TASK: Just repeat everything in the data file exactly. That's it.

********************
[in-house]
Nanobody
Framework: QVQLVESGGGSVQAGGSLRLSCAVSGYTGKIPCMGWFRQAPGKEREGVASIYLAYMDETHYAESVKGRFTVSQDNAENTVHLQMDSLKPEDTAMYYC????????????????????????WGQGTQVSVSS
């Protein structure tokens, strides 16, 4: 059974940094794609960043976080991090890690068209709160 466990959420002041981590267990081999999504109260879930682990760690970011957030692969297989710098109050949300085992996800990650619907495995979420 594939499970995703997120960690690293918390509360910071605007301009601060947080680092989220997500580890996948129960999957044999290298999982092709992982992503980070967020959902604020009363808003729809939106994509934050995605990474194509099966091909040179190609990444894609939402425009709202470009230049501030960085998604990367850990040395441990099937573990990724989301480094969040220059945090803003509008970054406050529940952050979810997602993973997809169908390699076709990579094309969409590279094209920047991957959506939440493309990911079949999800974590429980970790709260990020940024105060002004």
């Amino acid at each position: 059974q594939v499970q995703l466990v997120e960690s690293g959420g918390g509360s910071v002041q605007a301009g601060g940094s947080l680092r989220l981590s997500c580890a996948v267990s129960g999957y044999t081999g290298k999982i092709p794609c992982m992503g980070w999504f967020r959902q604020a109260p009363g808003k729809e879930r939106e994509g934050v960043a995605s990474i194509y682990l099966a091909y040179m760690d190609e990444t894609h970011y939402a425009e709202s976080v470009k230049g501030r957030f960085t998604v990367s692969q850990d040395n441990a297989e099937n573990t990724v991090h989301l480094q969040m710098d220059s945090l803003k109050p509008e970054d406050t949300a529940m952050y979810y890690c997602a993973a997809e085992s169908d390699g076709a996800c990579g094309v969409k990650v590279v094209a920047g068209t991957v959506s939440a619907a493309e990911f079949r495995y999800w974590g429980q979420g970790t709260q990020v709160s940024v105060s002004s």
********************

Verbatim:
[in-house]
Nanobody
Framework: QVQLVESGGGSVQAGGSLRLSCAVSGYTGKIPCMGWFRQAPGKEREGVASIYLAYMDETHYAESVKGRFTVSQDNAENTVHLQMDSLKPEDTAMYYC????????????????????????WGQGTQVSVSS
């Protein structure tokens, strides 16, 4: 059974940094794609960043976080991090890690068209709160 466990959420002041981590267990081999999504109260879930682990760690970011957030692969297989710098109050949300085992996800990650619907495995979420 594939499970995703997120960690690293918390509360910071605007301009601060947080680092989220997500580890996948129960999957044999290298999982092709992982992503980070967020959902604020009363808003729809939106994509934050995605990474194509099966091909040179190609990444894609939402425009709202470009230049501030960085998604990367850990040395441990099937573990990724989301480094969040220059945090803003509008970054406050529940952050979810997602993973997809169908390699076709990579094309969409590279094209920047991957959506939440493309990911079949999800974590429980970790709260990020940024105060002004």
């Amino acid at each position: 059974q594939v499970q995703l466990v997120e960690s690293g959420g918390g509360s910071v002041q605007a301009g601060g940094s947080l680092r989220l981590s997500c580890a996948v267990s129960g999957y044999t081999g290298k999982i092709p794609c992982m992503g980070w999504f967020r959902q604020a109260p009363g808003k729809e879930r939106e994509g934050v960043a995605s990474i194509y682990l099966a091909y040179m760690d190609e990444t894609h970011y939402a425009e709202s976080v470009k230049g501030r957030f960085t998604v990367s692969q850990d040395n441990a297989e099937n573990t990724v991090h989301l480094q969040m710098d220059s945090l803003k109050p509008e970054d406050t949300a529940m952050y979810y890690c997602a993973a997809e085992s169908d390699g076709a996800c990579g094309v969409k990650v590279v094209a920047g068209t991957v959506s939440a619907a493309e990911f079949r495995y999800w974590g429980q979420g970790t709260q990020v709160s940024v105060s002004s």